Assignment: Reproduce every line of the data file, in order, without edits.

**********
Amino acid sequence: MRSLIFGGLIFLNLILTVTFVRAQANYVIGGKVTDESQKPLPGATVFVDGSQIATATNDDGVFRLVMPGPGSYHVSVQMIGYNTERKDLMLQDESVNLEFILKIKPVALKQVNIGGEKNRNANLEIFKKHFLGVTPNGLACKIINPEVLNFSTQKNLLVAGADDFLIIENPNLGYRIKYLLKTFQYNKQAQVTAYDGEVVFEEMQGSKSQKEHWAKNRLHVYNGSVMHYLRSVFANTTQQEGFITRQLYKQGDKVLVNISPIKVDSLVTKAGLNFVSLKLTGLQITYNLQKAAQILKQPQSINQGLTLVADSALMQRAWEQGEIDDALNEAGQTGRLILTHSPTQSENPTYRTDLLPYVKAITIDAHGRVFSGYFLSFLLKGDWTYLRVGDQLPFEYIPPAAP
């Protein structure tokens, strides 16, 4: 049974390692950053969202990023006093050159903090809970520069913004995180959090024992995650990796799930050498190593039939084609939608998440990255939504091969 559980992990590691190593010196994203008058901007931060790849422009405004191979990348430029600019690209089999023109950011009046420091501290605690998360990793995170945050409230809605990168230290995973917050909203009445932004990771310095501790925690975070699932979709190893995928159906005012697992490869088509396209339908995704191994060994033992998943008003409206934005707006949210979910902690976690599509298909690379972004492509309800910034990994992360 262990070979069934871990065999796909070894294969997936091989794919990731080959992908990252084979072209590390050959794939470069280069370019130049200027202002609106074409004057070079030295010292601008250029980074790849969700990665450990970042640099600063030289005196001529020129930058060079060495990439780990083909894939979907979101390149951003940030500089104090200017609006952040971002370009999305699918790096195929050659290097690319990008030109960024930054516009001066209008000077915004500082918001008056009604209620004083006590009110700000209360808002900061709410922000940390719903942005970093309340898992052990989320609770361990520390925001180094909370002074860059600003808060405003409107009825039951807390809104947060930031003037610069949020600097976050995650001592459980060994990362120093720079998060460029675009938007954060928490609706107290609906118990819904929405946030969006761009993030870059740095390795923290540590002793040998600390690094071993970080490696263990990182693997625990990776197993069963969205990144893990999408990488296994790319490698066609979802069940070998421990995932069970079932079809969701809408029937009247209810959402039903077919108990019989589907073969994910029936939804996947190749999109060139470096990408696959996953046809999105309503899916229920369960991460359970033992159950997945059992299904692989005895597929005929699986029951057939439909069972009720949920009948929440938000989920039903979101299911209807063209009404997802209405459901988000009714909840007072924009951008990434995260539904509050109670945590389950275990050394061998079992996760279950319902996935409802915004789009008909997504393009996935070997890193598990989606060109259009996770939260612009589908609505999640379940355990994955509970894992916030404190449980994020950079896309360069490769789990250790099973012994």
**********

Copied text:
Amino acid sequence: MRSLIFGGLIFLNLILTVTFVRAQANYVIGGKVTDESQKPLPGATVFVDGSQIATATNDDGVFRLVMPGPGSYHVSVQMIGYNTERKDLMLQDESVNLEFILKIKPVALKQVNIGGEKNRNANLEIFKKHFLGVTPNGLACKIINPEVLNFSTQKNLLVAGADDFLIIENPNLGYRIKYLLKTFQYNKQAQVTAYDGEVVFEEMQGSKSQKEHWAKNRLHVYNGSVMHYLRSVFANTTQQEGFITRQLYKQGDKVLVNISPIKVDSLVTKAGLNFVSLKLTGLQITYNLQKAAQILKQPQSINQGLTLVADSALMQRAWEQGEIDDALNEAGQTGRLILTHSPTQSENPTYRTDLLPYVKAITIDAHGRVFSGYFLSFLLKGDWTYLRVGDQLPFEYIPPAAP
């Protein structure tokens, strides 16, 4: 049974390692950053969202990023006093050159903090809970520069913004995180959090024992995650990796799930050498190593039939084609939608998440990255939504091969 559980992990590691190593010196994203008058901007931060790849422009405004191979990348430029600019690209089999023109950011009046420091501290605690998360990793995170945050409230809605990168230290995973917050909203009445932004990771310095501790925690975070699932979709190893995928159906005012697992490869088509396209339908995704191994060994033992998943008003409206934005707006949210979910902690976690599509298909690379972004492509309800910034990994992360 262990070979069934871990065999796909070894294969997936091989794919990731080959992908990252084979072209590390050959794939470069280069370019130049200027202002609106074409004057070079030295010292601008250029980074790849969700990665450990970042640099600063030289005196001529020129930058060079060495990439780990083909894939979907979101390149951003940030500089104090200017609006952040971002370009999305699918790096195929050659290097690319990008030109960024930054516009001066209008000077915004500082918001008056009604209620004083006590009110700000209360808002900061709410922000940390719903942005970093309340898992052990989320609770361990520390925001180094909370002074860059600003808060405003409107009825039951807390809104947060930031003037610069949020600097976050995650001592459980060994990362120093720079998060460029675009938007954060928490609706107290609906118990819904929405946030969006761009993030870059740095390795923290540590002793040998600390690094071993970080490696263990990182693997625990990776197993069963969205990144893990999408990488296994790319490698066609979802069940070998421990995932069970079932079809969701809408029937009247209810959402039903077919108990019989589907073969994910029936939804996947190749999109060139470096990408696959996953046809999105309503899916229920369960991460359970033992159950997945059992299904692989005895597929005929699986029951057939439909069972009720949920009948929440938000989920039903979101299911209807063209009404997802209405459901988000009714909840007072924009951008990434995260539904509050109670945590389950275990050394061998079992996760279950319902996935409802915004789009008909997504393009996935070997890193598990989606060109259009996770939260612009589908609505999640379940355990994955509970894992916030404190449980994020950079896309360069490769789990250790099973012994």